U.S. producer prices increased by the most since 2009 in January, according to a report released Wednesday by the Department of Labor.
The producer price index for final demand soared 1.3 percent, the biggest gain since the government changed the way the inflation metric is calculated in December 2009. Compared with a year ago, the PPI is up 1.7 percent.
Prices of services jumped 1.3 percent and were responsible for two-thirds of the January gain.
The cost of goods surged 1.4 percent after rising 1.0 percent in December.
Economists polled by Econoday had forecast the PPI would rise of just four-tenths of a percentage point.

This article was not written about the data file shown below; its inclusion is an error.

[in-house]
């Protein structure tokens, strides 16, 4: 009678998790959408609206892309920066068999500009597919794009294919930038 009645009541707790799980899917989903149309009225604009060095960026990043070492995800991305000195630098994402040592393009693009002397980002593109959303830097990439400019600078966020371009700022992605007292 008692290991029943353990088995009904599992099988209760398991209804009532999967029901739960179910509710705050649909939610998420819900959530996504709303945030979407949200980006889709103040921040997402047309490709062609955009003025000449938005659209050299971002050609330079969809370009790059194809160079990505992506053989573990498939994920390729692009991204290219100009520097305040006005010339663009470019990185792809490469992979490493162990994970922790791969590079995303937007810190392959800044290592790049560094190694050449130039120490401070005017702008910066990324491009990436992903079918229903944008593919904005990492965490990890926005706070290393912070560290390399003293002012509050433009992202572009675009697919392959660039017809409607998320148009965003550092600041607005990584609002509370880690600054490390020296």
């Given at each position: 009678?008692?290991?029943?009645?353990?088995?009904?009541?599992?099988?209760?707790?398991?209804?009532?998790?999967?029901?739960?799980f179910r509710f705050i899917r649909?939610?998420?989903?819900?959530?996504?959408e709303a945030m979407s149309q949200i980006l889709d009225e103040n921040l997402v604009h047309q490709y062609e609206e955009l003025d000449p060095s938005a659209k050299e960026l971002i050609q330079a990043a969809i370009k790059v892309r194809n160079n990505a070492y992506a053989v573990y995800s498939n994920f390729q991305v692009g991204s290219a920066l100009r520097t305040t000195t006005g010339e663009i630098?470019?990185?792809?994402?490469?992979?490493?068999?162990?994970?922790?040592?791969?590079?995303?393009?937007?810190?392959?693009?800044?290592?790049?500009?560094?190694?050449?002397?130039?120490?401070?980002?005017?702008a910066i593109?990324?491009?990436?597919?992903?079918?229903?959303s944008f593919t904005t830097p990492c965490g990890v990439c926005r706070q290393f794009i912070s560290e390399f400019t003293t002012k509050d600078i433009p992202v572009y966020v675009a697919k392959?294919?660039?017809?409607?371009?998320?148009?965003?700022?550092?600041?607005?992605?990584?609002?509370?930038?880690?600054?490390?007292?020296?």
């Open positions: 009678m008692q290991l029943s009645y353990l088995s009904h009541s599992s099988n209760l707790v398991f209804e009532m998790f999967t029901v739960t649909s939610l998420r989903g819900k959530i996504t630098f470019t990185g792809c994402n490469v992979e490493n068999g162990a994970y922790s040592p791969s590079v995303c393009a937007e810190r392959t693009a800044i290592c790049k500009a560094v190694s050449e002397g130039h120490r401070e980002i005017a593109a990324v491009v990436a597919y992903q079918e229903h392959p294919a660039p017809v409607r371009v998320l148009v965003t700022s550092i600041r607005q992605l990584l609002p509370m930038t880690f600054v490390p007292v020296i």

The faster-than-expected rise in prices will fuel criticism of the Biden administration’s $1.9 trillion stimulus bill. Critics have warned that the bill risks pushing inflation too high.
Notable increase in US #RetailSales in January: Up 5.3% after 3 months of contraction.
This big data beat relative to consensus expectation, as well as a higher PPI move up, will fuel the ongoing debate on how much stimulus is too much stimulus.
With that, yields are higher again
— Mohamed A. El-Erian (@elerianm) February 17, 2021
In a separate report released Wednesday, the Commerce Department said retail sales rose by 5.3 percent in January, also far higher than expected.